\begin{aligned} \frac{1}{3}w(t)\bigl\vert v^{\sigma}(t)\bigr\vert ^{2} \leq&w(t)\bigl\vert u^{\sigma}(t)\bigr\vert ^{2}+\vert \lambda-\lambda_{0}\vert ^{2} \biggl[w(t)\bigl\vert u_{1}^{\sigma}(t)\bigr\vert ^{2} \int _{a}^{t}w(s)\bigl\vert u_{2}^{\sigma}(s) \bigr\vert ^{2}\Delta s \\ &{}+w(t)\bigl\vert u_{2}^{\sigma}(t)\bigr\vert ^{2} \int_{a}^{t}w(s)\bigl\vert u_{1}^{\sigma}(s) \bigr\vert ^{2}\Delta s \biggr] \int _{a}^{t}w(s)\bigl\vert v^{\sigma}(s) \bigr\vert ^{2}\Delta s. \end{aligned}

Integrating the two sides of the above inequality with respect to t from a to $$\tau\in(a,+\infty)\cap\mathbb{T}$$, we get

\begin{aligned} \frac{1}{3} \int_{a}^{\tau}w(t)\bigl\vert v^{\sigma}(t) \bigr\vert ^{2}\Delta t \leq& \int_{a}^{\tau}w(t)\bigl\vert u^{\sigma}(t) \bigr\vert ^{2}\Delta t \\ &{}+\vert \lambda-\lambda_{0}\vert ^{2} \int_{a}^{\tau}\biggl[w(t)\bigl\vert u_{1}^{\sigma}(t)\bigr\vert ^{2} \int_{a}^{t}w(s)\bigl\vert u_{2}^{\sigma}(s) \bigr\vert ^{2}\Delta s \\ &{}+w(t)\bigl\vert u_{2}^{\sigma}(t)\bigr\vert ^{2} \int_{a}^{t}w(s)\bigl\vert u_{1}^{\sigma}(s)\bigr\vert ^{2}\Delta s \biggr] \int_{a}^{t}w(s)\bigl\vert v^{\sigma}(s) \bigr\vert ^{2}\Delta s\Delta t, \end{aligned}

which yields

\begin{aligned}& \frac{1}{3} \int_{a}^{\tau}w(t)\bigl\vert v^{\sigma}(t) \bigr\vert ^{2}\Delta t \\& \quad \leq \int_{a}^{+\infty} w(t)\bigl\vert u^{\sigma}(t) \bigr\vert ^{2}\Delta t+2\vert \lambda-\lambda_{0}\vert ^{2} \int_{a}^{+\infty} w(t)\bigl\vert u_{1}^{\sigma}(t) \bigr\vert ^{2}\Delta t \\& \qquad {}\times \int_{a}^{+\infty} w(t)\bigl\vert u_{2}^{\sigma}(t)\bigr\vert ^{2}\Delta t \int_{a}^{\tau}w(t)\bigl\vert v^{\sigma}(t) \bigr\vert ^{2}\Delta t. \end{aligned}

Hence,

\begin{aligned}& \biggl[1-6\vert \lambda-\lambda_{0}\vert ^{2} \int _{a}^{+\infty }w(t)\bigl\vert u_{1}^{\sigma}(t) \bigr\vert ^{2}\Delta t \int_{a}^{+\infty} w(t)\bigl\vert u_{2}^{\sigma}(t) \bigr\vert ^{2}\Delta t \biggr] \int_{a}^{\tau}w(t)\bigl\vert v^{\sigma}(t) \bigr\vert ^{2}\Delta t \\& \quad \leq3 \int_{a}^{+\infty} w(t)\bigl\vert u^{\sigma}(t) \bigr\vert ^{2}\Delta t. \end{aligned}
(3.12)

The constant a can be chosen in advance so large that

$$6\vert \lambda-\lambda_{0}\vert ^{2} \int_{a}^{+\infty}w(t)\bigl\vert u_{1}^{\sigma}(t)\bigr\vert ^{2}\Delta t \int_{a}^{+\infty} w(t)\bigl\vert u_{2}^{\sigma}(t) \bigr\vert ^{2}\Delta t< 1.$$

It follows from (3.12) that $$v(\cdot)\in L^{2}_{w}(a,+\infty)$$ and hence $$v(\cdot)\in L^{2}_{w}(\rho(0),+\infty)$$. Therefore, all the solutions of (1.1) are in $$L^{2}_{w}(\rho(0),+\infty)$$ for all $$\lambda\in\mathbb{C}$$.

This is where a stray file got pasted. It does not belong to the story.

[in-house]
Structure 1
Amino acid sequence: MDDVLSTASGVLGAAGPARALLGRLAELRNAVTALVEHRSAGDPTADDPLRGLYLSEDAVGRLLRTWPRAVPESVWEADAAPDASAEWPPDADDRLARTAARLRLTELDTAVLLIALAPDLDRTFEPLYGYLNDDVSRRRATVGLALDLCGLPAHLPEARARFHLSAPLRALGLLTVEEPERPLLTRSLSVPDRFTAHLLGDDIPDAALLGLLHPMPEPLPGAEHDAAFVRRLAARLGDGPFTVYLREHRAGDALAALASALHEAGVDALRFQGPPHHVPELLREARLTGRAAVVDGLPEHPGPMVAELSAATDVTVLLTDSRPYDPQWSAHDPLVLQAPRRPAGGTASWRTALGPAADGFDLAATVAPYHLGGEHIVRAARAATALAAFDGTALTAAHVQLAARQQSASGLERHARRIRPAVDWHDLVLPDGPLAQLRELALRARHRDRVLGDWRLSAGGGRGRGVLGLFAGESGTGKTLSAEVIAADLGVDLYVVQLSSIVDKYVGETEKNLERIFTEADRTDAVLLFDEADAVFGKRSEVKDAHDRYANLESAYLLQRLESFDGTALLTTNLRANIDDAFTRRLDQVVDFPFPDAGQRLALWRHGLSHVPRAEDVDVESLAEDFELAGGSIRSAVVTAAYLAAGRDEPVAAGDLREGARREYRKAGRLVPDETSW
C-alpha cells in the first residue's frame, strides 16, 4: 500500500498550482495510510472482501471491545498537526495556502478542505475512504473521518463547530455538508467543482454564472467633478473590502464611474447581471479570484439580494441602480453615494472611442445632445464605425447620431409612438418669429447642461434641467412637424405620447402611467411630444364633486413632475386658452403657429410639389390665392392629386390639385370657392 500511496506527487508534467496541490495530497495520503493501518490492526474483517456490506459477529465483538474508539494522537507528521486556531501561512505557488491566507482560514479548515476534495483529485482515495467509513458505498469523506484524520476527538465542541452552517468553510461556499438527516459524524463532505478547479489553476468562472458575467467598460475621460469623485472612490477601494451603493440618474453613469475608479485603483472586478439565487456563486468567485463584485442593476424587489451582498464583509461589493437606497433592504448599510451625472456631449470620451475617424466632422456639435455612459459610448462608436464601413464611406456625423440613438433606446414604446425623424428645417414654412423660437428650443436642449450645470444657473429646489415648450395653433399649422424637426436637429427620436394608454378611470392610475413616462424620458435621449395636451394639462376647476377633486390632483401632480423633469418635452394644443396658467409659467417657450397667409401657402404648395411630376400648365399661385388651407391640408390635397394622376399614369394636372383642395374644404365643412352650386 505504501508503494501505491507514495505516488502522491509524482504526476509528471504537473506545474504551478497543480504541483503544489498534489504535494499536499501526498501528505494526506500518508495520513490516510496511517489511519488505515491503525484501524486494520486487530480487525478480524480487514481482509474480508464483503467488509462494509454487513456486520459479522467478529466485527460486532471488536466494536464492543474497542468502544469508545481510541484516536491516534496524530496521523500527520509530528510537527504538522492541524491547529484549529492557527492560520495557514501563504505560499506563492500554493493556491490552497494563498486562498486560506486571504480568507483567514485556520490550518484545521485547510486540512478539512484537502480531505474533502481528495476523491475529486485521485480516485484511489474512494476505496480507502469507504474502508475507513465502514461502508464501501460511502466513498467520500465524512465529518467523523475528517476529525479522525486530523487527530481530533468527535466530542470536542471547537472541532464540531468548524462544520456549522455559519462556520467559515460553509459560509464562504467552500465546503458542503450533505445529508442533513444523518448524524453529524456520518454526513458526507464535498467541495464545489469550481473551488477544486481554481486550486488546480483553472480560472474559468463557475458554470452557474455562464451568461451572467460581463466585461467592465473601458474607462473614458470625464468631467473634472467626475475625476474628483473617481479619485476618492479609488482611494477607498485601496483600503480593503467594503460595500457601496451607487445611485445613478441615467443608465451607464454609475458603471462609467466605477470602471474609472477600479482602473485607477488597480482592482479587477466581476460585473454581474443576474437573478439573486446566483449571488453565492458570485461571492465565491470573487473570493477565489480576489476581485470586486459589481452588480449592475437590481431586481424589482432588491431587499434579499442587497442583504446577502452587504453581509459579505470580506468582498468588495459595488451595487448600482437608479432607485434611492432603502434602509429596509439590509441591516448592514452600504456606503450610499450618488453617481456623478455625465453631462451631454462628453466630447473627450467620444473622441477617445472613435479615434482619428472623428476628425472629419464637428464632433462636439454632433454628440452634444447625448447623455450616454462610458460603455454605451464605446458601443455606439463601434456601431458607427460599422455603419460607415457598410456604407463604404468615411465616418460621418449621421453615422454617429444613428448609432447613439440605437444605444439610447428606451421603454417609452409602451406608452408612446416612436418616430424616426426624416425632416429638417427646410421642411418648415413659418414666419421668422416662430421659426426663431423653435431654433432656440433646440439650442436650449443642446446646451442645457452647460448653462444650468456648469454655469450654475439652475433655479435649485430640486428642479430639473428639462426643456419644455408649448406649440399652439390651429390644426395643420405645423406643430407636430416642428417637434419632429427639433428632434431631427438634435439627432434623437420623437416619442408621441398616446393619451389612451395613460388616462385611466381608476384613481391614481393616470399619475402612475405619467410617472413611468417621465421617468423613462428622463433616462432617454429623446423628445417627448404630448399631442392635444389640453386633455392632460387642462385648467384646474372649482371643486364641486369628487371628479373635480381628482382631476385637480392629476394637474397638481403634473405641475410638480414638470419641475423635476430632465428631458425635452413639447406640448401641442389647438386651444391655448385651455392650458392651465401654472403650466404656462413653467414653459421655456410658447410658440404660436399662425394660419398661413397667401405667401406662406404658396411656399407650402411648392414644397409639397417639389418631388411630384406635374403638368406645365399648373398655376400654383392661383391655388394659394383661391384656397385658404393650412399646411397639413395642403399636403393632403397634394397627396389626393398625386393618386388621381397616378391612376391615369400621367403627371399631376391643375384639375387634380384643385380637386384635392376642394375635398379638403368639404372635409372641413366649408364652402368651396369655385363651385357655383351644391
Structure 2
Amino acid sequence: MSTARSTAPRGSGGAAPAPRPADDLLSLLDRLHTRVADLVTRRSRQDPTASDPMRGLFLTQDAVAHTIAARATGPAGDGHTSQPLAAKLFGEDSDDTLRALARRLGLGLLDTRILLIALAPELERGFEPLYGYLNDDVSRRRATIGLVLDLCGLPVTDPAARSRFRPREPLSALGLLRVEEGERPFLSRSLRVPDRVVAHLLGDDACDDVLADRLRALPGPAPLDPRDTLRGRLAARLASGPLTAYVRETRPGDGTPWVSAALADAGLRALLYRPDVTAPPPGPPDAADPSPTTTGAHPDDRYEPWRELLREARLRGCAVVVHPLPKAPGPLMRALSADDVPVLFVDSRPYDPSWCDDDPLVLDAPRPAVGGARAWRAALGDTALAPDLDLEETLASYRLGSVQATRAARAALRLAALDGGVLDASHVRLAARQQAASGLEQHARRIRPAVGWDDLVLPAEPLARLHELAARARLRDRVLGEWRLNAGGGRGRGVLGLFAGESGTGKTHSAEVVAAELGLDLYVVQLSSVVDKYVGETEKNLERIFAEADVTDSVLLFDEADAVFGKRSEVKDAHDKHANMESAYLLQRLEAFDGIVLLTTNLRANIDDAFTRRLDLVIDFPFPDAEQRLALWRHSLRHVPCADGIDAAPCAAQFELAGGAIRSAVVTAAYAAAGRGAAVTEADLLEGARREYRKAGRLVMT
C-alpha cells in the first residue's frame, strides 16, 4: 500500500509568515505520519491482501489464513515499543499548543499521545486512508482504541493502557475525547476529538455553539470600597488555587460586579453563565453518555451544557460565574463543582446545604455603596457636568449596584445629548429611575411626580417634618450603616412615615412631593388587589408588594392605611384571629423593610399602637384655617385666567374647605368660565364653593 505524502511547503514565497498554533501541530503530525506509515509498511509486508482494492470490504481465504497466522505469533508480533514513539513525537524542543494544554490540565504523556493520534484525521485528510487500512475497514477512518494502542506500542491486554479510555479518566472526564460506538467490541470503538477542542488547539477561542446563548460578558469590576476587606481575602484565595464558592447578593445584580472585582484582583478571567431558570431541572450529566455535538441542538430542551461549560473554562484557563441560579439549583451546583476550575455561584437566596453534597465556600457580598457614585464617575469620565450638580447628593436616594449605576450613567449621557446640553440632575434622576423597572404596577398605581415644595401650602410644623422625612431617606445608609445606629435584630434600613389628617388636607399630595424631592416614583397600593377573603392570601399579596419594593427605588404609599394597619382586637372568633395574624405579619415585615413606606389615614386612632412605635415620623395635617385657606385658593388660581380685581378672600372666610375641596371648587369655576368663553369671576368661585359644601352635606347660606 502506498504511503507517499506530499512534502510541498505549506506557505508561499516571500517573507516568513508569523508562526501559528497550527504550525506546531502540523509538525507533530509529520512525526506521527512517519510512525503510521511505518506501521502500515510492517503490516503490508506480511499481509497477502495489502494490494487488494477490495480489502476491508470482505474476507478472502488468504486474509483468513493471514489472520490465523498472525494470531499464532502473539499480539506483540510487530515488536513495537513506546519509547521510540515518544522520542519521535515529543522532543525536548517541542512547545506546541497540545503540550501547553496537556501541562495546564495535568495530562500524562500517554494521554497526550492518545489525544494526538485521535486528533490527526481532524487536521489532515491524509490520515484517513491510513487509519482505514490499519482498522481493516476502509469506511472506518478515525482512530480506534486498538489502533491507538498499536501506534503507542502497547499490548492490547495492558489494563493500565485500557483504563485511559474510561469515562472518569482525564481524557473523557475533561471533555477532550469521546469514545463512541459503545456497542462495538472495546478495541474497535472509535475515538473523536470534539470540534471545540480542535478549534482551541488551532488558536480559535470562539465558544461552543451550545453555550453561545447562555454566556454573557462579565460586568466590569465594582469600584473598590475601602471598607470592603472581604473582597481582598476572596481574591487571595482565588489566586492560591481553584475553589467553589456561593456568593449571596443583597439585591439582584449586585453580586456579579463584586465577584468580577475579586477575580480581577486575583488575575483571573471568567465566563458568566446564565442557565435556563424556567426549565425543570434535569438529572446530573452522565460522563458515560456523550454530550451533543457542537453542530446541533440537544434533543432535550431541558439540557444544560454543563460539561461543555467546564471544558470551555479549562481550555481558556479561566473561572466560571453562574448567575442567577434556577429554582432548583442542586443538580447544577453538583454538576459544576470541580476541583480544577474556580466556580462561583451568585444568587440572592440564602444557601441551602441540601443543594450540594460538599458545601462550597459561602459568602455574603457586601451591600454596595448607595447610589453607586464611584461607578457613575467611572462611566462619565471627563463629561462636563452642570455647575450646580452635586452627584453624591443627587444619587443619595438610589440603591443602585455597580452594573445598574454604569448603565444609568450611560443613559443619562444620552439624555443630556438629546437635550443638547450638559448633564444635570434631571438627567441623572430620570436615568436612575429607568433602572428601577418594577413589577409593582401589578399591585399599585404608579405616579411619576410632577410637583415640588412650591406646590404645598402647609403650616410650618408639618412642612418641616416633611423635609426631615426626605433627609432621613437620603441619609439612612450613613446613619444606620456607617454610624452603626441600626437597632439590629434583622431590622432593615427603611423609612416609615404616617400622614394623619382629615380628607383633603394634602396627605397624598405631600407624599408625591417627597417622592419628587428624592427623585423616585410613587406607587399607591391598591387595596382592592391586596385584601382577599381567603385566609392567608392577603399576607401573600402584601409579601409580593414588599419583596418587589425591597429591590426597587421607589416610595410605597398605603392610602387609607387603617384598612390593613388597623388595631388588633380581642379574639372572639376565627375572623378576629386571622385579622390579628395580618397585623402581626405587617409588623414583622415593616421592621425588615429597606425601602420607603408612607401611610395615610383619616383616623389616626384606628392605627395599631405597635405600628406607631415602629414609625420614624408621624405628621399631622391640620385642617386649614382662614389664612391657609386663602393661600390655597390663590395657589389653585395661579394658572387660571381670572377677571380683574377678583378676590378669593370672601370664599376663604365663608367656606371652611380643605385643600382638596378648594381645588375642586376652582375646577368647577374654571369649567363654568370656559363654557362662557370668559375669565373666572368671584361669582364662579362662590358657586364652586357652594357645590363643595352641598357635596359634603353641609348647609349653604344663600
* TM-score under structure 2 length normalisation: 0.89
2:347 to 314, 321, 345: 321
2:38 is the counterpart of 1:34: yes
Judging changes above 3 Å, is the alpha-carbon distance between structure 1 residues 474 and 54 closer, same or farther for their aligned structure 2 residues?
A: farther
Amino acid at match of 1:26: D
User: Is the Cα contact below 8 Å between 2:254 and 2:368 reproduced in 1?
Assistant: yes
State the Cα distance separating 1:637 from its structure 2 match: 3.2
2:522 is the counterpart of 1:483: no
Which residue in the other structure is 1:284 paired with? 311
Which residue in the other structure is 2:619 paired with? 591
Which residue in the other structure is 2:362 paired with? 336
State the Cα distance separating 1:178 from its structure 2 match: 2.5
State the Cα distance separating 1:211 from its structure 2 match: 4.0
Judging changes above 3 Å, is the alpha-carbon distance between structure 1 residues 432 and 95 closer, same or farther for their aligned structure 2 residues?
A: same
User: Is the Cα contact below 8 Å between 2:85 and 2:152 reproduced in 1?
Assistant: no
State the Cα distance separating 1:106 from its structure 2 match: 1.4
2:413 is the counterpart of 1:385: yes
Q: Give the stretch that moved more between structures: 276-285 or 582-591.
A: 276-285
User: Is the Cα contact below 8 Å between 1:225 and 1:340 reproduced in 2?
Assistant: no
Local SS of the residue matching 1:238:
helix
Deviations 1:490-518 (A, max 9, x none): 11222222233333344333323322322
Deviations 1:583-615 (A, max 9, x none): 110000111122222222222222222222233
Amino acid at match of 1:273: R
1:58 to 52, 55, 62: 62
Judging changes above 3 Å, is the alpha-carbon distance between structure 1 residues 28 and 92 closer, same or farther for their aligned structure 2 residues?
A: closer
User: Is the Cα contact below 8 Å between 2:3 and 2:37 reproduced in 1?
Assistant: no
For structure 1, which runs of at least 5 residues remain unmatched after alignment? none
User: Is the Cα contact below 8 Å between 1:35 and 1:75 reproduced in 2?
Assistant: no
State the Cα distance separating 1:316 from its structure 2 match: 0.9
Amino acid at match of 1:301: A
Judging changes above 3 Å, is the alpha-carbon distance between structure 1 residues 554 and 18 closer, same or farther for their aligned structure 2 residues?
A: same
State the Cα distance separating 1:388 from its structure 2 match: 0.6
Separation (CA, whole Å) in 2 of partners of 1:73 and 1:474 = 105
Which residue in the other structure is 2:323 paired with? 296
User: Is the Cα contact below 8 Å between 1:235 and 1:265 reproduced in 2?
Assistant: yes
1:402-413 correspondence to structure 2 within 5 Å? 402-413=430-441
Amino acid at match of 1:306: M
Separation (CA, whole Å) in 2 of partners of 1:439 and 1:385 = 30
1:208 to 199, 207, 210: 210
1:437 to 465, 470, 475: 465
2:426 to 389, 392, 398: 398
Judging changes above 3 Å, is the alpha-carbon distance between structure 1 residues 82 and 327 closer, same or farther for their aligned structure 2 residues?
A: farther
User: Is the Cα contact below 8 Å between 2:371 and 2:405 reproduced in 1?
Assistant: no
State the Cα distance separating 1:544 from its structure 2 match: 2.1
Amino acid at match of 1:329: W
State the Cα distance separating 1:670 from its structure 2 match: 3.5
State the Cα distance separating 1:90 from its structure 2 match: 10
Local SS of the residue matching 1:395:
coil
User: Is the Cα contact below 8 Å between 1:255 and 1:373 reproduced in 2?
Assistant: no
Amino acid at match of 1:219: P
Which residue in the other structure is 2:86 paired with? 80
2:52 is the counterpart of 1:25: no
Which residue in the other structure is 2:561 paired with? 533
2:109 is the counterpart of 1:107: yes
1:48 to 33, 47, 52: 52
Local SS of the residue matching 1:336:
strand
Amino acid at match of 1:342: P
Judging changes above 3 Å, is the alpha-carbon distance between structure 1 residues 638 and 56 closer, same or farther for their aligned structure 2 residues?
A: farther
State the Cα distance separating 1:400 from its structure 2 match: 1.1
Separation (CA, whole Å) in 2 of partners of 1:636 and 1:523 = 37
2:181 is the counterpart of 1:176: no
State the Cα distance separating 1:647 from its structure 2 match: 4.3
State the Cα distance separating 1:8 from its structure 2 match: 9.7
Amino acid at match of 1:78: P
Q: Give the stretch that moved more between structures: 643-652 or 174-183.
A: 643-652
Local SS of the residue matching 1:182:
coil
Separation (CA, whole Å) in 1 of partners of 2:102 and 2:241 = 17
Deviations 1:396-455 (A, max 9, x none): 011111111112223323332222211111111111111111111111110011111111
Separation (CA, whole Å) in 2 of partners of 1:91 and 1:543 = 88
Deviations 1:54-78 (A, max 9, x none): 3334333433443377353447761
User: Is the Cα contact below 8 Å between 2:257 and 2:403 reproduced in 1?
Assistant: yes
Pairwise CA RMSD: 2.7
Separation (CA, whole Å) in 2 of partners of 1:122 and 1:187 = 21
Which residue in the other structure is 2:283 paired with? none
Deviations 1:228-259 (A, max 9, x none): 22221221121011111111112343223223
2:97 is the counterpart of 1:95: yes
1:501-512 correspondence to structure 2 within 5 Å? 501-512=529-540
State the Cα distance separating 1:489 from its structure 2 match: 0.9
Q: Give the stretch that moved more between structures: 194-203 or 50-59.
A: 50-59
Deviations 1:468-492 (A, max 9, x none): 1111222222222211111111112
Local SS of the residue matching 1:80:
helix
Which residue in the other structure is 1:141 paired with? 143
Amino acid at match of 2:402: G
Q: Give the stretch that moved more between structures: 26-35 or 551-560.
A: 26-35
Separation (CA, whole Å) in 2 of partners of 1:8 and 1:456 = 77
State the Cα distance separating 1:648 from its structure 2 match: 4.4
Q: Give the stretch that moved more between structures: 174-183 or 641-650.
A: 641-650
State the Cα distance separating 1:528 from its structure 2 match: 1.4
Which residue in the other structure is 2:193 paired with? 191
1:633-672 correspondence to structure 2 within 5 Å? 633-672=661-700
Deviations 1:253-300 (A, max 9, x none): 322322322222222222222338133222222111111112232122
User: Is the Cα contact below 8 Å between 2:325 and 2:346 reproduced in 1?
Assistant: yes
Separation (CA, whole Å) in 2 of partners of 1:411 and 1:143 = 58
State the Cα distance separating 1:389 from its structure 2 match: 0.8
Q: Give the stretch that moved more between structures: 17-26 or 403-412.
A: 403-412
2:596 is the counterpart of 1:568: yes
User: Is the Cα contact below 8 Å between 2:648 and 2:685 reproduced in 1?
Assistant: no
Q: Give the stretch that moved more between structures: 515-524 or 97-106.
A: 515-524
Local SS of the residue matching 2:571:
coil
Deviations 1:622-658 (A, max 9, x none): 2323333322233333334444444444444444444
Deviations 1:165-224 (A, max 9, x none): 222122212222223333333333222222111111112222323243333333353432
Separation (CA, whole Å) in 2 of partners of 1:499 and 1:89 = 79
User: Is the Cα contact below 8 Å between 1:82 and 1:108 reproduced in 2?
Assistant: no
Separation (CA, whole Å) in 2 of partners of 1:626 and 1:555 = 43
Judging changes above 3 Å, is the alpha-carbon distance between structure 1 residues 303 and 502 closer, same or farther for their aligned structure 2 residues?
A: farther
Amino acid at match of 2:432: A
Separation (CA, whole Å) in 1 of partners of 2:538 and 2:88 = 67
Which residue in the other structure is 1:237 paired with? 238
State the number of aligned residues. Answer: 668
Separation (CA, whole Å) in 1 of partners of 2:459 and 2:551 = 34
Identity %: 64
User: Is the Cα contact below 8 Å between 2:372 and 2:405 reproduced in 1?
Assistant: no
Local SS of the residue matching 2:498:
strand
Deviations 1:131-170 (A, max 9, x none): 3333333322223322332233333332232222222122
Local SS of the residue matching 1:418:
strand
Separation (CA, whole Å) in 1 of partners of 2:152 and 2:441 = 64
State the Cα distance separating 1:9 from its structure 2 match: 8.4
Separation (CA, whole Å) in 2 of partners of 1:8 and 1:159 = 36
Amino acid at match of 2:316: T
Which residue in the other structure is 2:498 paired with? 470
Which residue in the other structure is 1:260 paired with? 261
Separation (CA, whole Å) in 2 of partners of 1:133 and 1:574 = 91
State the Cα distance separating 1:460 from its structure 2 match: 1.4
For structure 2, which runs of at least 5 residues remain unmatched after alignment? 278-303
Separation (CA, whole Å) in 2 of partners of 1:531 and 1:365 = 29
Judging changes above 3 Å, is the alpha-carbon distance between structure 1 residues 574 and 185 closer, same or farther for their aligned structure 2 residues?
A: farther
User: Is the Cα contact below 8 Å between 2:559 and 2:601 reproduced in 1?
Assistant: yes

(ii) Suppose that equation (1.1) has two linearly independent solutions satisfying (3.10) for $$\lambda=\lambda_{0}\in\Lambda_{\eta,K}$$. Then $$u_{1}(t)=y_{1}(t,\lambda_{0})$$ and $$u_{2}(t)=y_{2}(t,\lambda_{0})$$ also satisfy (3.10). For any $$\lambda\in\mathbb{C}$$, let $$v(t)$$ be an arbitrary non-trivial solution of (1.1), and $$u(t)$$ be the solution of (1.1) with $$\lambda=\lambda_{0}$$, which has the initial values $$u(a)=v(a)$$, $$u^{\Delta}(a)=v^{\Delta}(a)$$, $$a\in(0,+\infty )\cap \mathbb{T}$$. It follows from the variation of constants, $$u(t)$$ and $$v(t)$$ also satisfy (3.11). Differentiating both sides of (3.11), we get

\begin{aligned} v^{\Delta}(t) =&u^{\Delta}(t)+(\lambda -\lambda_{0}) \biggl[u_{1}^{\Delta}(t) \int_{a}^{t}u_{2}^{\sigma}(s)w(s)v^{\sigma}(s) \Delta s+u_{1}^{\sigma}(t)u_{2}^{\sigma}(t)w(t)v^{\sigma}(t) \biggr] \\ &{}-(\lambda -\lambda_{0}) \biggl[u_{2}^{\Delta}(t) \int_{a}^{t}u_{1}^{\sigma}(s)w(s)v^{\sigma}(s)\Delta s+u_{2}^{\sigma}(t)u_{1}^{\sigma}(t)w(t)v^{\sigma}(t) \biggr] \\ =&u^{\Delta}(t)+(\lambda-\lambda_{0}) \int _{a}^{t}\bigl[u_{1}^{\Delta}(t)u_{2}^{\sigma}(s)-u_{2}^{\Delta}(t)u_{1}^{\sigma}(s)\bigr]w(s)v^{\sigma}(s)\Delta s. \end{aligned}

It follows from (2.5) and a similar method in the proof of part (i) that we have

\begin{aligned}& \frac{1}{3} \int_{a}^{+\infty}\Re \bigl[e^{i\eta }p(t)\bigr] \bigl\vert v^{\Delta}(t)\bigr\vert ^{2}\Delta t \\& \quad \leq \int_{a}^{+\infty}\Re\bigl[e^{i\eta}p(t)\bigr] \bigl\vert u^{\Delta}(t)\bigr\vert ^{2}\Delta t \\& \qquad {}+\vert \lambda-\lambda_{0}\vert ^{2} \biggl[ \int_{a}^{+\infty}\Re \bigl[e^{i\eta}p(t)\bigr] \bigl\vert u_{1}^{\Delta}(t)\bigr\vert ^{2}\Delta t \int_{a}^{+\infty }w(t)\bigl\vert u_{2}^{\sigma}(t)\bigr\vert ^{2}\Delta t \\& \qquad {}+ \int_{a}^{+\infty}\Re\bigl[e^{i\eta}p(t)\bigr] \bigl\vert u_{2}^{\Delta}(t)\bigr\vert ^{2}\Delta t \int_{a}^{+\infty}w(t)\bigl\vert u_{1}^{\sigma}(t) \bigr\vert ^{2}\Delta t \biggr] \int _{a}^{+\infty}w(t)\bigl\vert v^{\sigma}(t) \bigr\vert ^{2}\Delta t \end{aligned}

and

\begin{aligned}& \frac{1}{3} \int_{a}^{+\infty}\Re \bigl[e^{i\eta} \bigl(q(t)-Kw(t) \bigr) \bigr]\bigl\vert v^{\sigma}(t)\bigr\vert ^{2}\Delta t \\& \quad \leq \int_{a}^{+\infty}\Re \bigl[e^{i\eta} \bigl(q(t)-Kw(t) \bigr) \bigr]\bigl\vert u^{\sigma}(t)\bigr\vert ^{2}\Delta t+\vert \lambda-\lambda _{0}\vert ^{2} \\& \qquad {}\times \biggl\{ \int_{a}^{+\infty}\Re \bigl[e^{i\eta } \bigl(q(t)-Kw(t) \bigr) \bigr]\bigl\vert u_{1}^{\sigma}(t)\bigr\vert ^{2}\Delta t \int _{a}^{+\infty }w(t)\bigl\vert u_{2}^{\sigma}(t) \bigr\vert ^{2}\Delta t \\& \qquad {}+ \int_{a}^{+\infty}\Re \bigl[e^{i\eta} \bigl(q(t)-Kw(t) \bigr) \bigr]\bigl\vert u_{2}^{\sigma}(t)\bigr\vert ^{2}\Delta t \int_{a}^{+\infty }w(t)\bigl\vert u_{1}^{\sigma}(t) \bigr\vert ^{2}\Delta t \biggr\} \\& \qquad {}\times \int_{a}^{+\infty}w(t)\bigl\vert v^{\sigma}(t) \bigr\vert ^{2}\Delta t. \end{aligned}

Since $$u(t)$$, $$u_{1}(t)$$, $$u_{2}(t)$$ satisfy (3.10) and $$v(\cdot)\in L^{2}_{w}(\rho(0),+\infty)$$,